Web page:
Semi de Paris 2018

My first race in over 10 months! Such a relief to see that my fitness is coming back after only a few months of training. Since December I’ve been focusing on getting back into shape in preparation for Ironman training this year. This race was either going to be a reality check on how unfit I’ve gotten, or an encouraging “pat on the back”. I’m much better with positive reinforcement, so I’m thankful it was the latter!

The Summary

  • Fastest 5k, 1-5km: 23m 23s
  • Slowest 5k, 10-15k: 24m 13s
Total Time: 1h 39m 52s
Average Speed: 4:44 m/km
Gender Position: 414 of 12,498

I totally thought this result was a personal best but my post on the 2016 Kingston Half Marathon has reminded me otherwise… Either way, I’m within seconds of my PB and I’m pretty stoked about it!

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Should you pace your next run with a GPS watch/ app?

When I was preparing for the Edinburgh Marathon I lived by my Garmin – I used it on every run and kept track of ALL my stats. I was borderline obsessive about my pace and my progress.

After the marathon, I stopped training for a couple months and by the time I decided to get back into a training regime, it felt like I had lost so much fitness. All of the sudden, I hated my stats. I was slower; it was harder; and it was annoying how quickly I lost fitness after working so hard to build it up. As a result, I started to dread going for runs. Something I loved turned into something I avoided… I quickly realised that if I want to keep running, I needed to leave the watch behind.

There are many benefits to tracking your runs though and I’ve recently tried to get back into the routine of it.

If you’re wondering whether you should start tracking your runs, or if you should step back from obsessing over your running data, check out my list of pros and cons below…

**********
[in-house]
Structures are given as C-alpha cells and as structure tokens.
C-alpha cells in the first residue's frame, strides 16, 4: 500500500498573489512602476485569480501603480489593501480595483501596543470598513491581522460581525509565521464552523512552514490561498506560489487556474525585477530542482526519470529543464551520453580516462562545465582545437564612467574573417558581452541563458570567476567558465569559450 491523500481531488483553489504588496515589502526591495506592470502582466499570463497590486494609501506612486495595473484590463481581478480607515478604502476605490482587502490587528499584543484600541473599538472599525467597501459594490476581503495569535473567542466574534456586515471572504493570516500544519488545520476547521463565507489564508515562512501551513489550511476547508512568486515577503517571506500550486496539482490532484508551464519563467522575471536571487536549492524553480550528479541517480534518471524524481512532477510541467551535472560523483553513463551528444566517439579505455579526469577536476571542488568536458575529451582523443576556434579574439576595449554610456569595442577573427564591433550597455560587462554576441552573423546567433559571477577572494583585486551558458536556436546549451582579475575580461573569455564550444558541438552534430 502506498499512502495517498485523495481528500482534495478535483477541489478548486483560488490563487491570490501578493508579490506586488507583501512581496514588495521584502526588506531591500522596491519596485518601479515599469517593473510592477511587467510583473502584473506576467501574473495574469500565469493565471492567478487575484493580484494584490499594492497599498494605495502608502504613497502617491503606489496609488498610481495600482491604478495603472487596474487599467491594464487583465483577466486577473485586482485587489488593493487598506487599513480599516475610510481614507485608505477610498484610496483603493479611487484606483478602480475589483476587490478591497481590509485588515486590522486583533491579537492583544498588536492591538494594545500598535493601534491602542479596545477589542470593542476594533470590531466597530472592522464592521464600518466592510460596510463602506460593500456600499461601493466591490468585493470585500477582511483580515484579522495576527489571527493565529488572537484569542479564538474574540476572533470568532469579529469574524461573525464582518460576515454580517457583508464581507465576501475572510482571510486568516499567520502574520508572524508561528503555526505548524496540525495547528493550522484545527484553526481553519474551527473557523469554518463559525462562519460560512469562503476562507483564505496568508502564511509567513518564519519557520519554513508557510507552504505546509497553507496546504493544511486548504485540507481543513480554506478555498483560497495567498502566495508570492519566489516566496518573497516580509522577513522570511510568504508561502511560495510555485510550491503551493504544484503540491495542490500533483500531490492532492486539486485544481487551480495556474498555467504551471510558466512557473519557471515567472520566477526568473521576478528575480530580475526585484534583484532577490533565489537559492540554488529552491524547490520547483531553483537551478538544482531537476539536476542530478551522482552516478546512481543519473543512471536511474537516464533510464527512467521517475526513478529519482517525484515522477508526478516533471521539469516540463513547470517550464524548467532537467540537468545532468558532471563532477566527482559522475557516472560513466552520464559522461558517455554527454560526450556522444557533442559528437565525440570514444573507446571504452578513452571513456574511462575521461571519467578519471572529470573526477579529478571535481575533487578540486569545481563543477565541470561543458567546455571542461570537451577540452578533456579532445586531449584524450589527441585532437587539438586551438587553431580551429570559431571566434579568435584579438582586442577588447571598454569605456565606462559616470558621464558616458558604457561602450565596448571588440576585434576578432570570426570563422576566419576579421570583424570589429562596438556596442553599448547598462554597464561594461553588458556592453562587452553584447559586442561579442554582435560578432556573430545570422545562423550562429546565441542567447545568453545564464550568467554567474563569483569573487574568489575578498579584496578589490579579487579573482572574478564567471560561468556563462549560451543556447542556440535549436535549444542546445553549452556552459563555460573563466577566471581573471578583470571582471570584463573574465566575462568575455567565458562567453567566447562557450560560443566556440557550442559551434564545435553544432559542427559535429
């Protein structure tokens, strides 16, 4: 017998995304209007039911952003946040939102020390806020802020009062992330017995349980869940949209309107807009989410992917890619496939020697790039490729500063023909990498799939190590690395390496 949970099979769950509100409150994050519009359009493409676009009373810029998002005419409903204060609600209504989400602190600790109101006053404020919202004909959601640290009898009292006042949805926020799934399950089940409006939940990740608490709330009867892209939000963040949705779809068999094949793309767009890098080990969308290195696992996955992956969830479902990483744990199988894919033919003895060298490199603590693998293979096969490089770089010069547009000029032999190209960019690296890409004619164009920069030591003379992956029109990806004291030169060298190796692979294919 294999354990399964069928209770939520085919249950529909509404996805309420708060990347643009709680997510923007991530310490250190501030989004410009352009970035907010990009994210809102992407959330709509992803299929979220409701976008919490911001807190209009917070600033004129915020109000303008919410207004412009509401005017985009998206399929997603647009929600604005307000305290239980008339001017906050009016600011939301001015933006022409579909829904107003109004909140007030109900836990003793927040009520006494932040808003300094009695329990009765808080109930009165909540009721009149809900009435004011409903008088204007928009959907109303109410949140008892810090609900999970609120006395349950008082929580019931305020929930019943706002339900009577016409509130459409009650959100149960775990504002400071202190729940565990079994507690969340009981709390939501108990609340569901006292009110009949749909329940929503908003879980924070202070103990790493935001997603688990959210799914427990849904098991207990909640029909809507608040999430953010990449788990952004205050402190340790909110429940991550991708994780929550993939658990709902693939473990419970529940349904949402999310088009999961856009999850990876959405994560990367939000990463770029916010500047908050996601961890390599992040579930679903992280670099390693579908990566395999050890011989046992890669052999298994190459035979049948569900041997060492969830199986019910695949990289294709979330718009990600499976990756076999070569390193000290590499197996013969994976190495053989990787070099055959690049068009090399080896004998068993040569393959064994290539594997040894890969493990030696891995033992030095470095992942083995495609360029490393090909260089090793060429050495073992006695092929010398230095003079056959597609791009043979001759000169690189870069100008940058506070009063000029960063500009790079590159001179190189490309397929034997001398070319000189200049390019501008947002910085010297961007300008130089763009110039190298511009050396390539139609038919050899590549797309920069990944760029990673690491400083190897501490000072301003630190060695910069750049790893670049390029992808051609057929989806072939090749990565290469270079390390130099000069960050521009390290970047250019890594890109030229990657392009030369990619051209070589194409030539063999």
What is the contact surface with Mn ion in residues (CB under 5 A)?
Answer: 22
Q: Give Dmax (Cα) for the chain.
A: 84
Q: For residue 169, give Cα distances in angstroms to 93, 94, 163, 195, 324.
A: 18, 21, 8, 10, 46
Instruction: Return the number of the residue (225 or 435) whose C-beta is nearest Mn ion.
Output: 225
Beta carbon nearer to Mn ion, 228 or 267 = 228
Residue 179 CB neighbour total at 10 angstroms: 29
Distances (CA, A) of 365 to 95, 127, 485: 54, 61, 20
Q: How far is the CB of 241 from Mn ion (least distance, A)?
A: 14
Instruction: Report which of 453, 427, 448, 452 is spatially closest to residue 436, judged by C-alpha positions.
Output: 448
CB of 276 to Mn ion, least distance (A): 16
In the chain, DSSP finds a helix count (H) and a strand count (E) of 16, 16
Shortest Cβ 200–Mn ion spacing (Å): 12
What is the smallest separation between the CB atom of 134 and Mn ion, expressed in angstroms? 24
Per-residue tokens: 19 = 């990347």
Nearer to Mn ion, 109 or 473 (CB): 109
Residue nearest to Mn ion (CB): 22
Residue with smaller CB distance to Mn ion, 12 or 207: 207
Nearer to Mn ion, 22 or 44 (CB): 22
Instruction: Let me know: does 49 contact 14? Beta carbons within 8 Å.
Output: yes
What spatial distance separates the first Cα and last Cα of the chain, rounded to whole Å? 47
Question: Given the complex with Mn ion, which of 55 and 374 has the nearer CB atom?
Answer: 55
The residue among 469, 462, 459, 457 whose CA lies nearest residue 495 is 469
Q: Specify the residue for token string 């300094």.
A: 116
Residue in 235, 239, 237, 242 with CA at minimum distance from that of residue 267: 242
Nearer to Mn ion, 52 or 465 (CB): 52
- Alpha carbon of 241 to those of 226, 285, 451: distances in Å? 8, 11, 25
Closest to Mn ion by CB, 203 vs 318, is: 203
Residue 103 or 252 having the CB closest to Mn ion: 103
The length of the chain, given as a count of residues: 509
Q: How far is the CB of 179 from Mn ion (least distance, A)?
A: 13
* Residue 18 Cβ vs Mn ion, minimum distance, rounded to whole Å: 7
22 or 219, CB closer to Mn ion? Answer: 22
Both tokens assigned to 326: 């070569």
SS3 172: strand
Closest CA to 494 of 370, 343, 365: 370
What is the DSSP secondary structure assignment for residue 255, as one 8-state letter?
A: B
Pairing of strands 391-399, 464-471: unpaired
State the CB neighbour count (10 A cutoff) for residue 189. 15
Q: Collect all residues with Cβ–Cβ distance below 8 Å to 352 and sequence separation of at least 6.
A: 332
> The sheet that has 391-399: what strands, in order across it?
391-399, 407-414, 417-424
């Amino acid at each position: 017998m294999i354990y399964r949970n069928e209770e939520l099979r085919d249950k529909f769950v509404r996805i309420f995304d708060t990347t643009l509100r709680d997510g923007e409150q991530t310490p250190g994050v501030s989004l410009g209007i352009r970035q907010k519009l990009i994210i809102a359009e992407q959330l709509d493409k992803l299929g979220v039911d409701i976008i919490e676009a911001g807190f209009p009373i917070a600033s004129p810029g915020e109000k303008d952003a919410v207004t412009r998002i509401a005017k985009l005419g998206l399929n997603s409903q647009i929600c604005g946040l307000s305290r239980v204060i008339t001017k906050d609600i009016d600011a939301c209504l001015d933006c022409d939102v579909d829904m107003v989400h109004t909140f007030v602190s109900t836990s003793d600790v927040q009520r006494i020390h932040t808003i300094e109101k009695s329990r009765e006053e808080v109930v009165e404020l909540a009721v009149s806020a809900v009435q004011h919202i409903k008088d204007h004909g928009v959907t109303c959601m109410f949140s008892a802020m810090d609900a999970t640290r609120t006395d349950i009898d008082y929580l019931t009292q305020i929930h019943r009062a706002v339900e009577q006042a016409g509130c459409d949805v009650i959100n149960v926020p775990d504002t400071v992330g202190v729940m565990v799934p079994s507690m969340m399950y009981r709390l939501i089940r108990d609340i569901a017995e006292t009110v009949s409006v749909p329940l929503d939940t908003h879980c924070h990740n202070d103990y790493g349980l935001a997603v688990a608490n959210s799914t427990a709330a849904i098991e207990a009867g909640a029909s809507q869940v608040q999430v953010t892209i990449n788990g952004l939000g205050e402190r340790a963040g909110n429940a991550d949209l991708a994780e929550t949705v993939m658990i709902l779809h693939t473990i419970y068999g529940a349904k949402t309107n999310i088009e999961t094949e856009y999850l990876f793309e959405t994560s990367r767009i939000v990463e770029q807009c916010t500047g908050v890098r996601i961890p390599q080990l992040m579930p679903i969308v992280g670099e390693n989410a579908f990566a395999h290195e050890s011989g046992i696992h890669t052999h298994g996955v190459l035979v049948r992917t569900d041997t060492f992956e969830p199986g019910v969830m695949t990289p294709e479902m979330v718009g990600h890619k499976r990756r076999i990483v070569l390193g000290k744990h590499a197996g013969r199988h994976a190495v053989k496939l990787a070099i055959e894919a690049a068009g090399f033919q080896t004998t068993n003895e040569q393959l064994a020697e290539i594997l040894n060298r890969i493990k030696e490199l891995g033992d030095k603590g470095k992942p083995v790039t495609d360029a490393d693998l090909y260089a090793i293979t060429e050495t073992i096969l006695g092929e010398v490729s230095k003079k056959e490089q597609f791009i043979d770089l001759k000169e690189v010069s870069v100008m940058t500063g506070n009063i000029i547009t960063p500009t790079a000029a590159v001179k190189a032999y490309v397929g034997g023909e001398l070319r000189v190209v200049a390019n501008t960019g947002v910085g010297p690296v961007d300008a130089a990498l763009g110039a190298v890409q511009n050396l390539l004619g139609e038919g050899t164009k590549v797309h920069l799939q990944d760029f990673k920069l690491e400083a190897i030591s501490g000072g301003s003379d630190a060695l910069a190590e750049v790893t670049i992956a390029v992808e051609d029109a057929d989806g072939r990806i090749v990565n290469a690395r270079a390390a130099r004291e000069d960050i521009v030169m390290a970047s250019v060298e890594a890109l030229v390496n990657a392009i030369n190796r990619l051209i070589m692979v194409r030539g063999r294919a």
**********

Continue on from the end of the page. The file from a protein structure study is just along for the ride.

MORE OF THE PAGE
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Grateful and Excited

After suffering from shin splints last year, a few things were put into perspective… Going out for a quick 30-minute run was no longer an option. Instead, I’d have to pack up and walk to the gym to find some low-impact cardio. It became a chore being so restricted.

The shin splits lasted six months… I wasn’t able to run from March – November 2014. They’ve since settled down and I have been able to enjoy some beautiful runs around London again. I don’t think I’ve ever appreciated going for a run as much as I do now.

Tomorrow, I’ll be racing my first 10k in ages!! I’m not going to bring my Garmin and instead I’ll just run by feel. If I leave with a sub 50-minute finish time and no shin pain, I’ll be a very happy camper!

To avoid any injuries tomorrow I plan to:

  • Do a long easy warm-up
  • Roll out my calves tonight and after the race
  • Take Monday off to recover

Enjoy your training. Enjoy the freedom of it. And take care of your body!

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